Despite this, the Arctic Refuge is one of the world’s best-known protected areas. As one of the largest and most recognizable unit of the National Wildlife Refuge System, the Arctic Refuge provides us the opportunity to put a face to the name, ‘Refuge.’ It gives an identity to the Refuge System and, in turn, a reason to care about it. In the face of a $3.7 billion backlog and tightening budgets, it needs all the support it can get.
As one of our last large, intact landscapes, where ecological processes have persisted largely without human interference and evolution carries on unchallenged, the Arctic Refuge teaches and inspires us. And as the National Wildlife Refuge System formulates a new vision for the future, it represents the possibility. Rallying around the Arctic Refuge can help garner strength for the countless other unique and remarkable units that the Refuge System protects.
The importance of the Arctic Refuge can be evidenced by the fact that its 50th anniversary has been so highly celebrated, with a play, a gala, a new film from the U.S. Fish and Wildlife Service, and a presidential proclamation all marking the occasion. In the fight to keep this treasured place free from oil and gas development for another 50 years, protecting the Arctic Refuge and the National Wildlife Refuge System will go hand in hand.
Posted in Alaska, National Wildlife Refuges, Public Lands
Posted on 14 December 2010.
The New York Times ran a story over the weekend called, “Why We Might Fight” about the role of the environment and natural resources in driving future conflicts. In a series of five examples, Thom Shanker talks about how desertification, pollution, overuse of water and climate change may drive future international conflicts. The subject has spawned new academic research programs and new non-government organizations dedicated to the development of ‘natural security’ policy.
Shanker doesn’t talk about how the same struggle for resources or against resource pollution bedevils neighbors here at home. In Pennsylvania, residents in small towns across the state are fighting water pollution from ‘fracking’ for natural gas occurring on nearby properties. In Nebraska, a Public Power and Irrigation District sued upstream farm water users because they were draining a downstream reservoir important in making the state’s electricity – and feeding precious water to other farms.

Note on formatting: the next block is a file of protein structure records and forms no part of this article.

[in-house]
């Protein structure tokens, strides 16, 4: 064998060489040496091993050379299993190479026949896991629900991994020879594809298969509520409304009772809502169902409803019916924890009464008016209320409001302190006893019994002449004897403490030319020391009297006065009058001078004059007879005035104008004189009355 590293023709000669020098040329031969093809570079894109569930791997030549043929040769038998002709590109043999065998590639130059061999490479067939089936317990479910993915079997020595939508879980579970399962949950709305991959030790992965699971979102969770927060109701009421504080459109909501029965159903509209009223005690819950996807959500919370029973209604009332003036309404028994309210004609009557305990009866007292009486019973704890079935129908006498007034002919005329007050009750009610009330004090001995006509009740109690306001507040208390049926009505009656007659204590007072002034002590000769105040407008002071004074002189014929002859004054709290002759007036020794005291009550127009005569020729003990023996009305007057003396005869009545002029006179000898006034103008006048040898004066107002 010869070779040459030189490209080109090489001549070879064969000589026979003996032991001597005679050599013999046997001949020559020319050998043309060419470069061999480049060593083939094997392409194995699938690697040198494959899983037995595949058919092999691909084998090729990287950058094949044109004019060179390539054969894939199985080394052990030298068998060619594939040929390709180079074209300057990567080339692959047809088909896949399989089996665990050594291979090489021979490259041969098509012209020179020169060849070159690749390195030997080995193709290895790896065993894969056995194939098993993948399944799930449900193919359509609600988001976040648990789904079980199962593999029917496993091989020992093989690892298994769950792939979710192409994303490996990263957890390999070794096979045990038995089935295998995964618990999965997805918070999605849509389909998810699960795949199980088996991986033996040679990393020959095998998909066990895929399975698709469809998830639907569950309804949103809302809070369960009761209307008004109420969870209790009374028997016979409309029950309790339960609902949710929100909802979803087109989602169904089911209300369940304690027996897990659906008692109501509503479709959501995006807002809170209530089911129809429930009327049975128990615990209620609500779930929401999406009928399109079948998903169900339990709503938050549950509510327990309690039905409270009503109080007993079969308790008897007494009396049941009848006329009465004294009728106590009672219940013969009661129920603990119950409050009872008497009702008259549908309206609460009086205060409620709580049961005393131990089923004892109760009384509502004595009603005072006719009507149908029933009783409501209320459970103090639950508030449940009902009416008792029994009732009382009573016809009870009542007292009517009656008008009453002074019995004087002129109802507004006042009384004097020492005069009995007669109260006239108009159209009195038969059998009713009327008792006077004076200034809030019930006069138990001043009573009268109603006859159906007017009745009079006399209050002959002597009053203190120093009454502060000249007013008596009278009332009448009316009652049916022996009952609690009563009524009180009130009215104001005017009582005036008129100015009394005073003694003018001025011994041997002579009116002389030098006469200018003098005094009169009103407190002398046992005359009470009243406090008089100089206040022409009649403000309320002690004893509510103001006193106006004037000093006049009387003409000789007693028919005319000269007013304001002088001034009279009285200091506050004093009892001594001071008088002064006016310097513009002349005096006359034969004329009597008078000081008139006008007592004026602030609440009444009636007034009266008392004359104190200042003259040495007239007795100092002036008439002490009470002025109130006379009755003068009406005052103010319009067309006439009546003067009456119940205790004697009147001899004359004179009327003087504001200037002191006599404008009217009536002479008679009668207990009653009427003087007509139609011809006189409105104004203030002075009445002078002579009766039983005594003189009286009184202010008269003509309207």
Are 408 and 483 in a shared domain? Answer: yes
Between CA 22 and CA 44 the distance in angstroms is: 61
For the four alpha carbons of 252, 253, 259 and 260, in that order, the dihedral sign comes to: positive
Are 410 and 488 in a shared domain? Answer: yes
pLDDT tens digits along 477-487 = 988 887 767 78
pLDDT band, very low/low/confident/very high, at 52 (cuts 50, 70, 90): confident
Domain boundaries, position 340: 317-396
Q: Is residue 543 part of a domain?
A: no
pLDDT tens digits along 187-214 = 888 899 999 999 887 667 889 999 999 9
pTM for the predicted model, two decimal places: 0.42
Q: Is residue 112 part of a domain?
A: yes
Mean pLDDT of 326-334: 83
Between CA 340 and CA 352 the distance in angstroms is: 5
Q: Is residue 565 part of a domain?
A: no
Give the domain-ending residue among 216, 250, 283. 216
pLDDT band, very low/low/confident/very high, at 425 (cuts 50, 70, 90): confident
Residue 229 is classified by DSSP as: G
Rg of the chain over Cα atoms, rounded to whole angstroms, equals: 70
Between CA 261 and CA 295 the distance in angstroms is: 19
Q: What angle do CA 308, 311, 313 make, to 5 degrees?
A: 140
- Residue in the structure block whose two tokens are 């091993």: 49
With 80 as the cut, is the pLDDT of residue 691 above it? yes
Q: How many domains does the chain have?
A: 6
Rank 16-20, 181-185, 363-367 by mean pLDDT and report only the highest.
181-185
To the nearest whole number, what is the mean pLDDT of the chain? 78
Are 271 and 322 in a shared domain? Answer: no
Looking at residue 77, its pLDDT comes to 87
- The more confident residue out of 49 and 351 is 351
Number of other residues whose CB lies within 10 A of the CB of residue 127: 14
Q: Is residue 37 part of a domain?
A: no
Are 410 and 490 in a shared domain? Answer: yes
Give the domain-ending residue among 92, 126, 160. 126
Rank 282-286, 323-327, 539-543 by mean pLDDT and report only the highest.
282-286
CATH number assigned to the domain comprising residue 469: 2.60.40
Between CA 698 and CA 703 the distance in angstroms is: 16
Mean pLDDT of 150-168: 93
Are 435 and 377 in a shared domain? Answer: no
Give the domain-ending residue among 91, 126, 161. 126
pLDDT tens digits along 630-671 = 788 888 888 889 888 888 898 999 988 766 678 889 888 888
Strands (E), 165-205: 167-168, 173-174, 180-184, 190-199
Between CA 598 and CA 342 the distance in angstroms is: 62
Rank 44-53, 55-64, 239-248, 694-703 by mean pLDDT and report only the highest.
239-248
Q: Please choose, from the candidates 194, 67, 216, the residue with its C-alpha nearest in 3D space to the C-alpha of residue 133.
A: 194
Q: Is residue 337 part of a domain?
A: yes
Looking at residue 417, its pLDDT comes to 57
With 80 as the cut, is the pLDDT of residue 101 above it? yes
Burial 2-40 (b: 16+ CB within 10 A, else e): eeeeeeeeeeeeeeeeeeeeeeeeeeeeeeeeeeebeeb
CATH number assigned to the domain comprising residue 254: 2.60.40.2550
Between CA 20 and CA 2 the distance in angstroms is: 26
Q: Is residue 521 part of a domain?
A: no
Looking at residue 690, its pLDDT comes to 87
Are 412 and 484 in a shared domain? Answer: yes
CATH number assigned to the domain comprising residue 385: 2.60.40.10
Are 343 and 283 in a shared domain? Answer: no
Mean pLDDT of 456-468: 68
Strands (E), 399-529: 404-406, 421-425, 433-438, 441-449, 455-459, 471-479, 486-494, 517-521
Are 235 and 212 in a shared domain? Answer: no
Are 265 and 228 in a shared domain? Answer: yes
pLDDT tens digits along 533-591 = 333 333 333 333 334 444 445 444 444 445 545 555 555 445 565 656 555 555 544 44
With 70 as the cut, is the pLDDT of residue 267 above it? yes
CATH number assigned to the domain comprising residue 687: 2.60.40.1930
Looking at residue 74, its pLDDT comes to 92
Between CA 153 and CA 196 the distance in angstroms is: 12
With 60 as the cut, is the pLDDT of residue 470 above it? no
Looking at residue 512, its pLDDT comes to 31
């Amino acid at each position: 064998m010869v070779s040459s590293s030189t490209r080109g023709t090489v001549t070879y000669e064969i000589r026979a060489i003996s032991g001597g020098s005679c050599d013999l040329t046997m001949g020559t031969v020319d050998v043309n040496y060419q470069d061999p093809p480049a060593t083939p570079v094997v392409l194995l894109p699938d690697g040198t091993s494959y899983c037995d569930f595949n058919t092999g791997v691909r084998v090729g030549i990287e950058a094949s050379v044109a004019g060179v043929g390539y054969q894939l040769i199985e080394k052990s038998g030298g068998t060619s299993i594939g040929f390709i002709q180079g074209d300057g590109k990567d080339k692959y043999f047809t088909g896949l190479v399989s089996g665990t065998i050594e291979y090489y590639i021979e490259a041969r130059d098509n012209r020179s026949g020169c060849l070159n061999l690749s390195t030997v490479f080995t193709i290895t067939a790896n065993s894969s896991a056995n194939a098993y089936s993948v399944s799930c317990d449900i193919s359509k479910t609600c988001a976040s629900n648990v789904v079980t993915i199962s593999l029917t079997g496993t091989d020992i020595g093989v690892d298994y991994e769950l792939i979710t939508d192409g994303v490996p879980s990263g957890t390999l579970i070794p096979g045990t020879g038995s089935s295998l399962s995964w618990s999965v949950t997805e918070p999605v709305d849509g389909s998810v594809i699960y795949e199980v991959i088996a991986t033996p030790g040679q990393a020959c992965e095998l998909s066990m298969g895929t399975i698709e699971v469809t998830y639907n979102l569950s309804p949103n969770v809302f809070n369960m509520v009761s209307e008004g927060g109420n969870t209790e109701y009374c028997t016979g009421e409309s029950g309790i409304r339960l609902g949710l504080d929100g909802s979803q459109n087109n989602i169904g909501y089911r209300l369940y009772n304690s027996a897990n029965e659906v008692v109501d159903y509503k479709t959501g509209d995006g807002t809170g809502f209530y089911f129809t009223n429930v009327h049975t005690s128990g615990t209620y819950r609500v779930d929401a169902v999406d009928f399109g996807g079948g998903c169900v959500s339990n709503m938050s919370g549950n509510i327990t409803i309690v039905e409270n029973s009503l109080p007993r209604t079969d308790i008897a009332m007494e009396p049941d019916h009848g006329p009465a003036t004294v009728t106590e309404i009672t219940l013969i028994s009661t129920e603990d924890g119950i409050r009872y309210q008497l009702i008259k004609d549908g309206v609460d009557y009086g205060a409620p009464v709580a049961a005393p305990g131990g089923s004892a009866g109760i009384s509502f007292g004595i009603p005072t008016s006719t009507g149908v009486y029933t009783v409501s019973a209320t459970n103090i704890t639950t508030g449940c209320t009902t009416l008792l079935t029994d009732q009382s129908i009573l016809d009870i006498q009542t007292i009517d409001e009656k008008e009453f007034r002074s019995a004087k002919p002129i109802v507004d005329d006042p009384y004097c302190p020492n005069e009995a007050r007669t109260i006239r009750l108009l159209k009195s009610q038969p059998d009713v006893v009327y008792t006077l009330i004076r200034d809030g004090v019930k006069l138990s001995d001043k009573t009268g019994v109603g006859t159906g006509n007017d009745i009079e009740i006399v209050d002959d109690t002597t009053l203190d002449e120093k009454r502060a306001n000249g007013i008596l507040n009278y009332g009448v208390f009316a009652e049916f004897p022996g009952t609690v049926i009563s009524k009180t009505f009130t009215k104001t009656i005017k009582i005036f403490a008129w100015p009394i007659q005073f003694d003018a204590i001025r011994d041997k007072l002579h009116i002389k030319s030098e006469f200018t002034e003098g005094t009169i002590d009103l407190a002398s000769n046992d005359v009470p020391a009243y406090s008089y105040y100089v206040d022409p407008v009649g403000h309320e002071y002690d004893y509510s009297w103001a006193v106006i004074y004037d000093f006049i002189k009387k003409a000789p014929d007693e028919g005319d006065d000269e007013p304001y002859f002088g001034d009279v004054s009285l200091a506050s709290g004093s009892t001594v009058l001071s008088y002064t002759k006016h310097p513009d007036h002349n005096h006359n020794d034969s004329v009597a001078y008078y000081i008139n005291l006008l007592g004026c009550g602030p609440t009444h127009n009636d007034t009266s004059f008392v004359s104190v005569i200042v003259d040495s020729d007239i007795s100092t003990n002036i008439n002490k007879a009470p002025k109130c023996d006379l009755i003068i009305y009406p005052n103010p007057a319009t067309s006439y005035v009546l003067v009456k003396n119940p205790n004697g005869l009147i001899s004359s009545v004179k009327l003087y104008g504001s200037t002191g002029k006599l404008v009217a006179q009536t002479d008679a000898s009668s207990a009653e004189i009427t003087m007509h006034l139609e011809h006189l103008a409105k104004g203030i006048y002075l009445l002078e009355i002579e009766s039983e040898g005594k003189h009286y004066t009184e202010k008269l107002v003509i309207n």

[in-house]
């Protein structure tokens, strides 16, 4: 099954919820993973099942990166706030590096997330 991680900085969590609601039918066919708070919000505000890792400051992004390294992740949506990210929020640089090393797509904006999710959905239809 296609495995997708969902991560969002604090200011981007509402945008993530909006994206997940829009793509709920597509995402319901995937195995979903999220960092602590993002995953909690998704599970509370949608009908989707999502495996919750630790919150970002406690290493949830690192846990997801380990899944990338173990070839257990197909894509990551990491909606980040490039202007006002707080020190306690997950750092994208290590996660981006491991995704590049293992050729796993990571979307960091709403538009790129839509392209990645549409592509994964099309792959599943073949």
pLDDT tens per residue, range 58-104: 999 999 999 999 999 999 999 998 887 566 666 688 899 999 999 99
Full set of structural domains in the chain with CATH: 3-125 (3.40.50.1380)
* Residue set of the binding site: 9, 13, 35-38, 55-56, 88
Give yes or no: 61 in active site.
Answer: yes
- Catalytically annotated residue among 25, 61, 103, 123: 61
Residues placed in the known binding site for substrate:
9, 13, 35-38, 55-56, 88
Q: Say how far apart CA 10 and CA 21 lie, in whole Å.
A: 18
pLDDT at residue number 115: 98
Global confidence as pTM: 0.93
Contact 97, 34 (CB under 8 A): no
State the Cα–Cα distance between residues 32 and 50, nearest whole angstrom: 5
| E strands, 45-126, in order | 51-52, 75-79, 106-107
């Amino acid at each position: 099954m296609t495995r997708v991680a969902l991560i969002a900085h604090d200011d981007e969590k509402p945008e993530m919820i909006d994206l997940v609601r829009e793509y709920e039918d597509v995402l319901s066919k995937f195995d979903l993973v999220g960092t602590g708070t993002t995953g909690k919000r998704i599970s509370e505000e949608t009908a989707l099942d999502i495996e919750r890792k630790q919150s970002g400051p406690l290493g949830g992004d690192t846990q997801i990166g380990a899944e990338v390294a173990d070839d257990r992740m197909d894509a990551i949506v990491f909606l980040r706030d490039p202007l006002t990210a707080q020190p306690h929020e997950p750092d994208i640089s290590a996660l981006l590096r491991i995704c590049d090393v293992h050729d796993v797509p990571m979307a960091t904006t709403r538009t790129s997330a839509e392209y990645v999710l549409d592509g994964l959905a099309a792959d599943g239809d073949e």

Posted in Fossil Fuels, Uncategorized
Posted on 13 December 2010.
More than 150 scientists were nominated to serve in the twelve vacancies on the National Research Council’s Gulf spill committee to advise the government on the best techniques with which to value natural resources damaged by BP in the Deepwater Horizon oil spill. The first public meeting of the committee is likely to occur in January or February of 2011. NOAA and other agencies continue to make summary data available to the public on the analyses and assessments they are leading. This diagram produced by NOAA gives a quick summary of the ongoing science to carry out the assessment of damages to America’s Gulf ecosystems.
Posted in Energy, Fossil Fuels
Posted on 03 December 2010.
One finalist's design for the I-70 wildlife crossing
Earlier this week, the ARC International Wildlife Crossing Infrastructure Design Competition unveiled the five finalist designs for a next generation wildlife crossing, to be built at West Vail Pass on I-70 in Colorado. This first-ever international competition asked designers from all over the world to imagine solutions to the age-old problem of moving wildlife across the landscape while keeping them out of harm’s way on our highways.
Five finalists were chosen from 36 team submissions from nine countries, representing more than 100 firms worldwide. The finalists showed great innovation and creativity, including the use of an inverted arc shape that creates a valley floating above the highway. One design team chose laminated timber for building material, rather than concrete and steel. Another design incorporates a bright red bridge to attract the interest of drivers as they pass under, yet remain unremarkable to color-blind mammals as they pass over.
“Collectively, the designs have the capacity to transform what we think of as possible,” said Jane Wernick, ARC juror and structural engineer, director of Jane Wernick Associates, London.
The five designs are now available for public viewing at http://www.arc-competition.com/finalists.php. The winning design team will be announced at the Transportation Research Board 90th Annual Meeting in Washington, DC on January 23, 2011.
Posted in Imperiled Wildlife, Northern Rockies